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[[सदस्य:माहीतगार|माहीतगार]] ०७:३५, २४ ऑगस्ट २००९ (UTC)
===IPs are human too===
Analysis of 248 edits to English-language Wikipedia articles from 04:43 to 04:46 UTC on 18 Feb 2007 (Source):
Many users believe that unregistered users' sole contributions to Wikipedia are to cause disruption to articles and that they have fewer rights as editors compared with registered users. Studies in 2004 and 2007 found that while most vandalism (80%) is generated by IP editors, over 80% of edits by unregistered users were not vandalism. As current policy stands, unregistered users have exactly the same rights as registered users to participate in the writing of Wikipedia.
Because of these misconceptions, edits by unregistered users are mistakenly reverted and their contributions to talk pages discounted. This practice is against the philosophy of Wikipedia and founding principles of all Wikimedia projects. When dealing with unregistered contributors, the rule to remember is: IPs are human too.
You are an IP too. See here if you don't think so. The only difference between you and an IP contributor is that your IP address is hidden. When you registered for Wikipedia your IP address became hidden behind a user name. Unregistered users are often called anonymous editors. In fact, because your IP address is hidden, it is you that are more anonymous. (Your IP address is still recorded by the software. It is simply not visible to most users.)
Remember this when dealing with unregistered users. They are not a lower category of users. They are not a special subset that we tolerate. They are not locust swarms intent on destroying your article. They are individuals, the same as you – only they have just not registered for an account. Just as you deserve to be treated with civility and good faith, the edits of unregistered users deserve civility and good faith from you. As your contributions to talk pages deserve to be heard and counted when forming consensus, so too do the contributions of unregistered users.
Our readers are IPs too
Our readers are IPs too. Virtually none of our readers are registered users. When an unregistered user makes an edit to an article or posts a comment on a talk page, these are the views of one of our readers. That doesn't necessarily mean that their view should be given greater weight. It means that we should not discriminate against their view just because they don't have an account.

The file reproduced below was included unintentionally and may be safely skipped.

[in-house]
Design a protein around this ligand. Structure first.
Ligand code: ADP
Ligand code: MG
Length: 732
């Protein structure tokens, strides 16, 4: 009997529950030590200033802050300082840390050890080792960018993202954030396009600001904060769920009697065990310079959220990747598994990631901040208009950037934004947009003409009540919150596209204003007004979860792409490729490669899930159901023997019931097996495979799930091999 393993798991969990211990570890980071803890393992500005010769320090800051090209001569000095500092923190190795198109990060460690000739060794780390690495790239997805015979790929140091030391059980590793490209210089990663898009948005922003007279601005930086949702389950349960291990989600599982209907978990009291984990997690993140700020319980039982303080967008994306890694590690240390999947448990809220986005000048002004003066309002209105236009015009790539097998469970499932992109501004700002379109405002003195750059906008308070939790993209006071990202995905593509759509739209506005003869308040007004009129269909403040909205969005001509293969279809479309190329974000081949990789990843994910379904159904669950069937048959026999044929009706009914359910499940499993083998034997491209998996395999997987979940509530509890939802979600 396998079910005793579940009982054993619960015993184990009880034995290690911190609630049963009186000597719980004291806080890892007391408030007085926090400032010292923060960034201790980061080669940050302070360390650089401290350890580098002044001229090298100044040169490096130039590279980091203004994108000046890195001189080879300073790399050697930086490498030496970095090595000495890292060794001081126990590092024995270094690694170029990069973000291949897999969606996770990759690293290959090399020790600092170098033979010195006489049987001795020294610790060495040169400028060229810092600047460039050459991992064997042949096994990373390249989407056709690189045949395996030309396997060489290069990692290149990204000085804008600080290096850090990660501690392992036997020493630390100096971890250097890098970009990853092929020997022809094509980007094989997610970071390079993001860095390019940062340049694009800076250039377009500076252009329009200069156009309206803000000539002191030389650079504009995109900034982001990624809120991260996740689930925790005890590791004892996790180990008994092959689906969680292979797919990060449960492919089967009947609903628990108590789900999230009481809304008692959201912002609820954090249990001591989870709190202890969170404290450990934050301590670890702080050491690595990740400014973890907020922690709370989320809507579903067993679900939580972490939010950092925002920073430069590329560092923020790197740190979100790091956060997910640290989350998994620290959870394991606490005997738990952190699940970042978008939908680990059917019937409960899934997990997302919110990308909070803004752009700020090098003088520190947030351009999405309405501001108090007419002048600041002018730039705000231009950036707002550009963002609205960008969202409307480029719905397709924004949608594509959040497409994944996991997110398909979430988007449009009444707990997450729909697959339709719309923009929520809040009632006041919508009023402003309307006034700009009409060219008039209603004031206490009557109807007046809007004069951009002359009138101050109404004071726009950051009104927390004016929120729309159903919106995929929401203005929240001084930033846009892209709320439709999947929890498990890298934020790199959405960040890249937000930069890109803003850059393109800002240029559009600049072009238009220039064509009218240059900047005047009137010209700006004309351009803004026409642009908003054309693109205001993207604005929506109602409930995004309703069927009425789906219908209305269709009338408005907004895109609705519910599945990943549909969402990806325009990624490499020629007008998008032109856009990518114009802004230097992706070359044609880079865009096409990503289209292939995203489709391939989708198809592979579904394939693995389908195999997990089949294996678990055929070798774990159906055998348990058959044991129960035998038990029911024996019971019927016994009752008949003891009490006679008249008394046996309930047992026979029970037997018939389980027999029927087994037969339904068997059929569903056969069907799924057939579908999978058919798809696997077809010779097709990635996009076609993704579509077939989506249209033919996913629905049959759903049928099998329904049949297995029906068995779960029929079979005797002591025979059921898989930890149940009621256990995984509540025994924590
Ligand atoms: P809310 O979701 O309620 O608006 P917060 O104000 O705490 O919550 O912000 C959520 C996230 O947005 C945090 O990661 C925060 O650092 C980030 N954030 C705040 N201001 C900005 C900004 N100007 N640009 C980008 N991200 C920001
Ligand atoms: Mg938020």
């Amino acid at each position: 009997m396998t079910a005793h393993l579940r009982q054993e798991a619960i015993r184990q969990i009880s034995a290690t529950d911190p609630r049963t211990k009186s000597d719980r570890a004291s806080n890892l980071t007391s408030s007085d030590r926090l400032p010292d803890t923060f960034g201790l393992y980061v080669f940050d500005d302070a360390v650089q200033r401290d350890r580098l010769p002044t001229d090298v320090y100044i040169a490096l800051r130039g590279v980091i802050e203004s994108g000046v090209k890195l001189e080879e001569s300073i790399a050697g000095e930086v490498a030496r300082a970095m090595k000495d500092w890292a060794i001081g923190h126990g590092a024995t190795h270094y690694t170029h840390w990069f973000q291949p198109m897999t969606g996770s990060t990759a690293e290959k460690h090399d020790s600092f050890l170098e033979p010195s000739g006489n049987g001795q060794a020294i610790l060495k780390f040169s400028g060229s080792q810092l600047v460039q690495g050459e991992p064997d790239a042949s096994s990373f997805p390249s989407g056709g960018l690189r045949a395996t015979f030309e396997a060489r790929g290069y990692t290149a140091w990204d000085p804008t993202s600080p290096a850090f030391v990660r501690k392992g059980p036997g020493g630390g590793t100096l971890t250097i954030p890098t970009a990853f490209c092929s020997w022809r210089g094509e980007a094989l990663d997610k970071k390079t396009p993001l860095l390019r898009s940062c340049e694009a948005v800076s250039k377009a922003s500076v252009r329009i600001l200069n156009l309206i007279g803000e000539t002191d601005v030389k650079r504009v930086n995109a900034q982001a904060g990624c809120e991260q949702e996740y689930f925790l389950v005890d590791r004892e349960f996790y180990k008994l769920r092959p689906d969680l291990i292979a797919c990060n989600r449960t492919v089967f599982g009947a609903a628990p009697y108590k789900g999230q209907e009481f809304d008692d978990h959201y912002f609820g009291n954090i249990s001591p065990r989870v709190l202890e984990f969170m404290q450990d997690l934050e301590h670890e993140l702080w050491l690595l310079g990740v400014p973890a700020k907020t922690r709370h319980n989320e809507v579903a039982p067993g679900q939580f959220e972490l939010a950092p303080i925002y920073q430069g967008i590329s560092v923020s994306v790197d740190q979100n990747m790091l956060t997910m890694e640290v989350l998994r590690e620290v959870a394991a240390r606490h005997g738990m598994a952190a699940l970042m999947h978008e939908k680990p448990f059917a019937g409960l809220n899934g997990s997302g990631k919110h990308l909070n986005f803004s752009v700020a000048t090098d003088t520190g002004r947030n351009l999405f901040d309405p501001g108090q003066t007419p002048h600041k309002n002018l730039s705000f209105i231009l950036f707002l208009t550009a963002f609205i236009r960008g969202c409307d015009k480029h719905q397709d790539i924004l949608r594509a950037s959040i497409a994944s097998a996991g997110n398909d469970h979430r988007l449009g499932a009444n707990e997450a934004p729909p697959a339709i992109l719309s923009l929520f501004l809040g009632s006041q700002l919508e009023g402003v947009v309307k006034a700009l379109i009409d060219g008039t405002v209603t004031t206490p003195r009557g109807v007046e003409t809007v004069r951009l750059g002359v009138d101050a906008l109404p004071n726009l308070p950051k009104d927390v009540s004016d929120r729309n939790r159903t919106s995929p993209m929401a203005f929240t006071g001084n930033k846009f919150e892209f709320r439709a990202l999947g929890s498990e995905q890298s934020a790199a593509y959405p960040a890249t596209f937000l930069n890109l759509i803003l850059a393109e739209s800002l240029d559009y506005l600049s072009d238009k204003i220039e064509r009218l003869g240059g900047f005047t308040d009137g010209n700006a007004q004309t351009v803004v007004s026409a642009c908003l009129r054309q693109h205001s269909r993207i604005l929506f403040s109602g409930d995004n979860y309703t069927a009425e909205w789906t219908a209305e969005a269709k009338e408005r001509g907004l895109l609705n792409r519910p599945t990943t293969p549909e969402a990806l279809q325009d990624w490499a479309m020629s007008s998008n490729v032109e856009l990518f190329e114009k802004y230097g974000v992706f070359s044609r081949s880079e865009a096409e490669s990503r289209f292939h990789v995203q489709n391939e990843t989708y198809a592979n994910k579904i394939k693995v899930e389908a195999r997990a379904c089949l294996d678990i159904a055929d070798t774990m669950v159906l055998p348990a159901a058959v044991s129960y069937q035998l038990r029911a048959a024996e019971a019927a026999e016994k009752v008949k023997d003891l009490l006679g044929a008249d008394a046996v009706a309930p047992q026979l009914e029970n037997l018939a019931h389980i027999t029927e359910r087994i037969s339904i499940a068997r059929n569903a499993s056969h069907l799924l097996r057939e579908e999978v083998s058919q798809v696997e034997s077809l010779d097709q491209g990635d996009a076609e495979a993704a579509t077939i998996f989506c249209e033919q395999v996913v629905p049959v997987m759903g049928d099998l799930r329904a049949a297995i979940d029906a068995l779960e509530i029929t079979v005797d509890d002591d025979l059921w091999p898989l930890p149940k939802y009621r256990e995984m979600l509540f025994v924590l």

Many users misconceive that policy and guidelines only apply to registered users. Not so. Policy and guidelines affect all users, registered and unregistered, equally.
Comments by unregistered users on talk pages don't count: Yes they do. The purpose of talk page discussion is to build consensus. Contributions from unregistered users are just as important in determining consensus as contributions from registered users. Unregistered users edit here too. Almost all of our readers are unregistered users. Comment on the contribution, not the contributor. Never disregard a contribution just because it was made by someone who has not registered for an account.
Unregistered users are more likely to vandalise articles: This is true; by contrast, the greater proportion of their contributions are non-vandalism edits. In a February 2007 study of 248 edits, 80.2% of vandalism was done by unregistered editors. But 81.9% of edits by unregistered users were not vandalism. Non-vandalism edits by unregistered users accounted for 29.4% of all article edits. Of the article edits, only 6.5% were vandalism by unregistered users; in contrast, unregistered users reverted over a quarter (28.5%) of all vandalism. 91.9% of the edits to Wikipedia articles were constructive and unregistered users accounted for nearly a third of those. Another study carried out by IBM found "no clear connection between anonymity and vandalism"; in addition, the research group found anonymous users provide significant and substantial positive contributions.
Unregistered users are more likely to be sock puppets: This doesn't even make sense. Unregistered users cannot be sock puppets. You would need to register for an account in order to have a sock puppet account. Disreputable registered users can sign out of their accounts and contribute under their IP address for disruptive or deceptive purposes (e.g. ballot stuffing). In that event, it is not an unregistered user behaving disreputably, it is a registered user. Unless you see signs of sock puppetry, assume good faith. Otherwise request a CheckUser to confirm if they are actually sock puppets.
Unregistered users don't know/understand policy: Maybe. Some of them. Often, neither do registered users. An unregistered user may be a one-off contributor or a first-time editor (it's just more difficult to tell). Bear that in mind and remember: don't be a dick and don't bite the newcomer.
Policy doesn't apply to unregistered users (e.g. assume good faith): Policy applies to you. You need to assume good faith. You need to behave in a civil fashion. You need to engage in discussion. It doesn't matter whether you are dealing with an unregistered user or not. It is you that needs to follow policy.
They should register for an account (e.g. if they want to participate): No. You need to accept their contributions, heed their suggestions and participate in consensus building with them. There is no requirement for anyone to register for an account before they can participate in the building of this encyclopedia. There is, however, a requirement on you that you behave.
" पासून हुडकले